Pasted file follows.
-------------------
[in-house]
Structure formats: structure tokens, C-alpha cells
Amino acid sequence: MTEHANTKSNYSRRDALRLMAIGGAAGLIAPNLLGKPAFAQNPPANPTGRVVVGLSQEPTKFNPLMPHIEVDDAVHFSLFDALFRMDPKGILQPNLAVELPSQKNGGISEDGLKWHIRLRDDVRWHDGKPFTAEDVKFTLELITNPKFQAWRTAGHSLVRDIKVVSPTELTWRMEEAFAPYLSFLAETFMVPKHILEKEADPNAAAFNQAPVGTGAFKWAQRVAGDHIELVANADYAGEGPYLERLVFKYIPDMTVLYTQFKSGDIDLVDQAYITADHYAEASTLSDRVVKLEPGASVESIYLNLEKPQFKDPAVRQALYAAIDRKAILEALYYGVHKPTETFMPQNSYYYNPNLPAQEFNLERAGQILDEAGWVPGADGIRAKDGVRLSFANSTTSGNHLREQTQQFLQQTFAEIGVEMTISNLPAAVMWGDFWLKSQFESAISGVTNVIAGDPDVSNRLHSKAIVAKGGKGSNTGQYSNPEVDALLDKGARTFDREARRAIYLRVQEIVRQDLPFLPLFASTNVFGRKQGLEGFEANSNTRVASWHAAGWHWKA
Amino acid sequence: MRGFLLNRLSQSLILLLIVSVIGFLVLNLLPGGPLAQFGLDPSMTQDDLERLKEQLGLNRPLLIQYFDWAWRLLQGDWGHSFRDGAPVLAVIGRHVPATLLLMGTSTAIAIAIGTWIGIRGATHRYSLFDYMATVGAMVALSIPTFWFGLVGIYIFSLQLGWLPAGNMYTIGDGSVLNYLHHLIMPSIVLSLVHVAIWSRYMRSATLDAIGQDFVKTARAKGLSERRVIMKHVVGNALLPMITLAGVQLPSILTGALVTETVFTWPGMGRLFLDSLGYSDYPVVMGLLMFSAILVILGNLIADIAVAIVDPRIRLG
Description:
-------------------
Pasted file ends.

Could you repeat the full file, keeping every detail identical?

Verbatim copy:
[in-house]
Structure formats: structure tokens, C-alpha cells
Amino acid sequence: MTEHANTKSNYSRRDALRLMAIGGAAGLIAPNLLGKPAFAQNPPANPTGRVVVGLSQEPTKFNPLMPHIEVDDAVHFSLFDALFRMDPKGILQPNLAVELPSQKNGGISEDGLKWHIRLRDDVRWHDGKPFTAEDVKFTLELITNPKFQAWRTAGHSLVRDIKVVSPTELTWRMEEAFAPYLSFLAETFMVPKHILEKEADPNAAAFNQAPVGTGAFKWAQRVAGDHIELVANADYAGEGPYLERLVFKYIPDMTVLYTQFKSGDIDLVDQAYITADHYAEASTLSDRVVKLEPGASVESIYLNLEKPQFKDPAVRQALYAAIDRKAILEALYYGVHKPTETFMPQNSYYYNPNLPAQEFNLERAGQILDEAGWVPGADGIRAKDGVRLSFANSTTSGNHLREQTQQFLQQTFAEIGVEMTISNLPAAVMWGDFWLKSQFESAISGVTNVIAGDPDVSNRLHSKAIVAKGGKGSNTGQYSNPEVDALLDKGARTFDREARRAIYLRVQEIVRQDLPFLPLFASTNVFGRKQGLEGFEANSNTRVASWHAAGWHWKA
Amino acid sequence: MRGFLLNRLSQSLILLLIVSVIGFLVLNLLPGGPLAQFGLDPSMTQDDLERLKEQLGLNRPLLIQYFDWAWRLLQGDWGHSFRDGAPVLAVIGRHVPATLLLMGTSTAIAIAIGTWIGIRGATHRYSLFDYMATVGAMVALSIPTFWFGLVGIYIFSLQLGWLPAGNMYTIGDGSVLNYLHHLIMPSIVLSLVHVAIWSRYMRSATLDAIGQDFVKTARAKGLSERRVIMKHVVGNALLPMITLAGVQLPSILTGALVTETVFTWPGMGRLFLDSLGYSDYPVVMGLLMFSAILVILGNLIADIAVAIVDPRIRLG
Description: